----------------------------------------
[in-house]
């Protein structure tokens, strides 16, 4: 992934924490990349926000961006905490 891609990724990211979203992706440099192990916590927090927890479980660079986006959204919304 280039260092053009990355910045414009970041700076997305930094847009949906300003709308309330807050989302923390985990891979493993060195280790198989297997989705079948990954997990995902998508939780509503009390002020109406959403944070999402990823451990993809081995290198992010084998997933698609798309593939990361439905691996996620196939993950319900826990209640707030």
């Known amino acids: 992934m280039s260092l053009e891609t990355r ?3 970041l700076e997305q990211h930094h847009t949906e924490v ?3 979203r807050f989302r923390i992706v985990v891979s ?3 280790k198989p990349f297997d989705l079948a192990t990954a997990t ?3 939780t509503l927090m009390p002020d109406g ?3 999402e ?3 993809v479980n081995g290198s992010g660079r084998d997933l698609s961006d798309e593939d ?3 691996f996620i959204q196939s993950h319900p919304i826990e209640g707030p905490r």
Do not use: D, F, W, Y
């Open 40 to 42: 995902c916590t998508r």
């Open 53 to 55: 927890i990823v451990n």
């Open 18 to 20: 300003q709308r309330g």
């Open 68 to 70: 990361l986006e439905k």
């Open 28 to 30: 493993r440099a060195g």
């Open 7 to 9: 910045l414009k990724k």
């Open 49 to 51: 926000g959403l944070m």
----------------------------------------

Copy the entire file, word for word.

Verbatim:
[in-house]
């Protein structure tokens, strides 16, 4: 992934924490990349926000961006905490 891609990724990211979203992706440099192990916590927090927890479980660079986006959204919304 280039260092053009990355910045414009970041700076997305930094847009949906300003709308309330807050989302923390985990891979493993060195280790198989297997989705079948990954997990995902998508939780509503009390002020109406959403944070999402990823451990993809081995290198992010084998997933698609798309593939990361439905691996996620196939993950319900826990209640707030």
């Known amino acids: 992934m280039s260092l053009e891609t990355r ?3 970041l700076e997305q990211h930094h847009t949906e924490v ?3 979203r807050f989302r923390i992706v985990v891979s ?3 280790k198989p990349f297997d989705l079948a192990t990954a997990t ?3 939780t509503l927090m009390p002020d109406g ?3 999402e ?3 993809v479980n081995g290198s992010g660079r084998d997933l698609s961006d798309e593939d ?3 691996f996620i959204q196939s993950h319900p919304i826990e209640g707030p905490r």
Do not use: D, F, W, Y
């Open 40 to 42: 995902c916590t998508r």
């Open 53 to 55: 927890i990823v451990n």
């Open 18 to 20: 300003q709308r309330g």
């Open 68 to 70: 990361l986006e439905k």
């Open 28 to 30: 493993r440099a060195g």
């Open 7 to 9: 910045l414009k990724k």
């Open 49 to 51: 926000g959403l944070m």